Better understanding the crop has enabled Richard Budd to markedly improve the reliability as well as the performance level of 100-120 ha of oilseed rape he grows as part of his 1100 ha combinable cropping business on and around the High Weald near Hawkhurst in Kent.


Yields have long been on the high side of 4.5t/ha from ground that has grown little, if any, OSR in the past. But he has been able to push them to an even healthier and far more consistent 5t/ha in recent years. At the same time, he has ensured they deliver first class black-grass control as a crucial break in his 6-7 year winter cereal-based rotation.

Serious cruciferous weed problems haven’t stood in the way of this either. Indeed, last year the 60 ha of Clearfield rape he grew delivered exactly the same 5t/ha average as his 40 ha of conventional OSR.  And at 5.7 t/ha, the 5.5 ha ADAS YEN crop of his preferred Clearfield variety, DK Imperial CL was the fifth highest yielding in the 2018 competition.

“Resistant black-grass and a particular verticillium threat makes a wide rotation essential for us,” he explains. “We keep things flexible on a field-by-field basis but we won’t grow rape  more frequently than every five years and prefer it one in seven. We sow well into September at 70 seeds/m2 – even with hybrids – and in 33 cm bands through a Sumo DTS strip-till drill.  This gives us the time to glyphosate-off a good stale seedbed flush of cereal volunteers – even if the rape follows second wheat rather than barley. It also gives the least seedbed black-grass germination and the most competitive crop.

“It has taken us time to get things right with the DTS. But we’ve sorted out the best coulter pressure and other settings for our ground to get the consistently even depth of sowing we want. Working to 6-8”, the loosening legs provide a good linkage to the drainage.  And the Dutch coulters we use sweep away then replace the chopped straw we find such a valuable surface mulch.


Strip till drilling for the past six years has improved the resilience of Richard’s soils no end, while always running in the same tramlines with a 30m CTF approach means he rarely has much in the way of compaction to deal with these days. He always used to sow towards the end of August, but found himself having to re-drill far too often following the deluge of cold rain that always seemed to arrive over the bank holiday and horrendous early competition from cereal volunteers.

Having tried various straw rakes over the years, Richard has found his ideal  solution in a Vaderstad Carrier with cross-cutter discs. Operating at just 10-15mm, it scuffs the entire soil surface to encourage the best volunteer growth for spraying-off the day before drilling.

Contour rolling with a slug pellet applicator  immediately after drilling completes the establishment regime.  DAP is applied at 30 kg/ha at the cotyledon stage – once Richard knows he has a crop. For the same reason pre-em herbicides are firmly off the agenda and the Clearfield system suits him well.

“We set our OSR up as well as we can at drilling and give it everything it needs to fulfil its potential,” he insists. “But we’re only prepared to spend on inputs when we have a crop that deserves them. People think we’re nuts not starting to drill until the second week of September, sowing a hybrid at 70 seeds/m2 in bands and holding-off on early inputs. However, last year’s YEN crop proved to us that we’re on the right track.  It wasn’t sown until September 22 and it still out-performed all but four of the other crops in the competition.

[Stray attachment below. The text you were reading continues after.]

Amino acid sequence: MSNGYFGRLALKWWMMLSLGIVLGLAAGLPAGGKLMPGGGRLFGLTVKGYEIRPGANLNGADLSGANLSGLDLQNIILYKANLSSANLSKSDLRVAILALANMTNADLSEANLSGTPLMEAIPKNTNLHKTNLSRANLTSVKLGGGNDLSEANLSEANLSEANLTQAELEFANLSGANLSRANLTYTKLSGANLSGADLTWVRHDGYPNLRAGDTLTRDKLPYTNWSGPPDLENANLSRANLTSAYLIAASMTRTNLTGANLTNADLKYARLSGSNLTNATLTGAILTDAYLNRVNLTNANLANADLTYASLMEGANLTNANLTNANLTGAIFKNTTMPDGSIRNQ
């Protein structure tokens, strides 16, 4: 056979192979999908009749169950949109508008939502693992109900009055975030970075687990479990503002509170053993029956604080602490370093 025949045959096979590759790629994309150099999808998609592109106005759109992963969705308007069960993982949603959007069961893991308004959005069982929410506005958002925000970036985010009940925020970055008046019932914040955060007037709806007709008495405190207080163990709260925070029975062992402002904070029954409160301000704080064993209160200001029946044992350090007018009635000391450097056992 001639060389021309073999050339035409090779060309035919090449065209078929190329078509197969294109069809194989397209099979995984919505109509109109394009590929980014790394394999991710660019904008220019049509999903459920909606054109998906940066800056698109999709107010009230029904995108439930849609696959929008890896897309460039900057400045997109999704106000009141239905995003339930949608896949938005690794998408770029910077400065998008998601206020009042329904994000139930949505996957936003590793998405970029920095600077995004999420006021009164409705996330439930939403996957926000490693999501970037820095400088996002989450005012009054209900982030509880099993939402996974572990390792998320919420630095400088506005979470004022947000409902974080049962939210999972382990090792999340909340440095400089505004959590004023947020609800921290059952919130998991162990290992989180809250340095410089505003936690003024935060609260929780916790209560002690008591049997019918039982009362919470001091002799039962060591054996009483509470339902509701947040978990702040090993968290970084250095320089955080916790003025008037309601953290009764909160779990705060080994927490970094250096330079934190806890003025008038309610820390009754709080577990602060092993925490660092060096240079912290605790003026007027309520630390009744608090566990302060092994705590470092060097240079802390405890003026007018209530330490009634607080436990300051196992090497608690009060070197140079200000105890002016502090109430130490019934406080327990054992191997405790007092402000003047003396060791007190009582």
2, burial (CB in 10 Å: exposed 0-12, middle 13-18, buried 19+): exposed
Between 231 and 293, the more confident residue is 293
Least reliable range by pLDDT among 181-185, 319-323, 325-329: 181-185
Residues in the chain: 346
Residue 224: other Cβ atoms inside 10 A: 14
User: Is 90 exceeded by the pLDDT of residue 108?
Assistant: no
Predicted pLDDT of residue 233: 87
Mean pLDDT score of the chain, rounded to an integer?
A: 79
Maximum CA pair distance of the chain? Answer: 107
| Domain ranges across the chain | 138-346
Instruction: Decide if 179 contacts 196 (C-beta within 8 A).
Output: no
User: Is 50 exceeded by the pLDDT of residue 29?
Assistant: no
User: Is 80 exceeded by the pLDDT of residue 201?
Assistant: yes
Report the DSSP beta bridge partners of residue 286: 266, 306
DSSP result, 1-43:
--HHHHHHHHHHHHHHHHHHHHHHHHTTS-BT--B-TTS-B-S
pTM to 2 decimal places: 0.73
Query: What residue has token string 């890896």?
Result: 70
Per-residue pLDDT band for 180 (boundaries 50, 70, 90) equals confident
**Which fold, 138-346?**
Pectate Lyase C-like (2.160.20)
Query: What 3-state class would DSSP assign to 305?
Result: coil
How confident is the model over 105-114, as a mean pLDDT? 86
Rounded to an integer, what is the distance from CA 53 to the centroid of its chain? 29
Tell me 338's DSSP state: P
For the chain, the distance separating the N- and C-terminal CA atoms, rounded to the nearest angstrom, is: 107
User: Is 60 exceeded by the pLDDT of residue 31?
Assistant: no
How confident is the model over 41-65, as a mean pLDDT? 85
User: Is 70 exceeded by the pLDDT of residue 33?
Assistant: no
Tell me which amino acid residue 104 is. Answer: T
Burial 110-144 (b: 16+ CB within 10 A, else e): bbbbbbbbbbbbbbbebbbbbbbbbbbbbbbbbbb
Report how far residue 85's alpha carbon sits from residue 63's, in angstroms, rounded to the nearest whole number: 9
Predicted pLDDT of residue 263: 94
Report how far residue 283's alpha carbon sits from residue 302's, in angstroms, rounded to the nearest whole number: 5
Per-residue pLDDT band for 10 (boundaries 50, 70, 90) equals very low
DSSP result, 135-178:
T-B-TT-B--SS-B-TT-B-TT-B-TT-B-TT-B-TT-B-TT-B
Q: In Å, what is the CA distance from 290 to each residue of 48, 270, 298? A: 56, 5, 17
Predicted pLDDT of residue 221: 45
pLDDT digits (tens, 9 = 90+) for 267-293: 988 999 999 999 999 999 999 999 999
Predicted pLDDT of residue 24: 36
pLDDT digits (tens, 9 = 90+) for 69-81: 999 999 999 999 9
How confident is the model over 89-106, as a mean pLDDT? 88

“Later sowing has also enabled us to avoid any problems with flea beetle at a time when so many growers round here have been having serious issues.  For us, it’s all about dealing with volunteers and setting-up the ground well enough beforehand, then drilling thickly when the conditions are right.  Vigorous varieties take-off like a rocket, get their feet well down and compete aggressively with both weeds and pests.


“Cleranda in early October does a great job in cleaning out the charlock, runch and hedge mustard that would otherwise make it impossible to grow OSR on much of our ground and limit us to winter beans as a cereal break.  Wherever we see a good flush of black-grass coming through Centurion Max in late October is very valuable in keeping on top of it until we go in with the Kerb in mid-December when it has the best residuality.”


With rather large, thick crops coming out of the winter, Richard Budd takes a little and often approach to fertilisation, applying two splits of Sulphur-N followed by a final application of urea at yellow bud. He routinely employs Caryx for growth regulation at early stem extension to avoid the 6-8’ tall crops that would otherwise lose yield through leaning in the summer winds, even if they didn’t lodge.


Trace element nutrition is an important part of his programme too, but only to meet actual need identified through regular tissue testing. Naturally acidic soils mean regular liming is essential and he is well aware of the extent to which this can cause availability issues.


“Continual improvement is essential for us,” insists Richard. “The YEN competition is really valuable in benchmarking what we do and highlighting areas like rooting depth, sulphur and magnesium nutrition we may be able to further fine-tune. Another thing it’s confirmed is the importance we’ve always attached to late desiccation. We didn’t go in with the glyphosate until July 5 last season by which time the top of the crops had been brown a good while and most others around us had been sprayed for at least a week. By waiting until the stems underneath are beginning to senesce we give ourselves valuable extra days of grain fill which certainly show through in the yields we achieve.”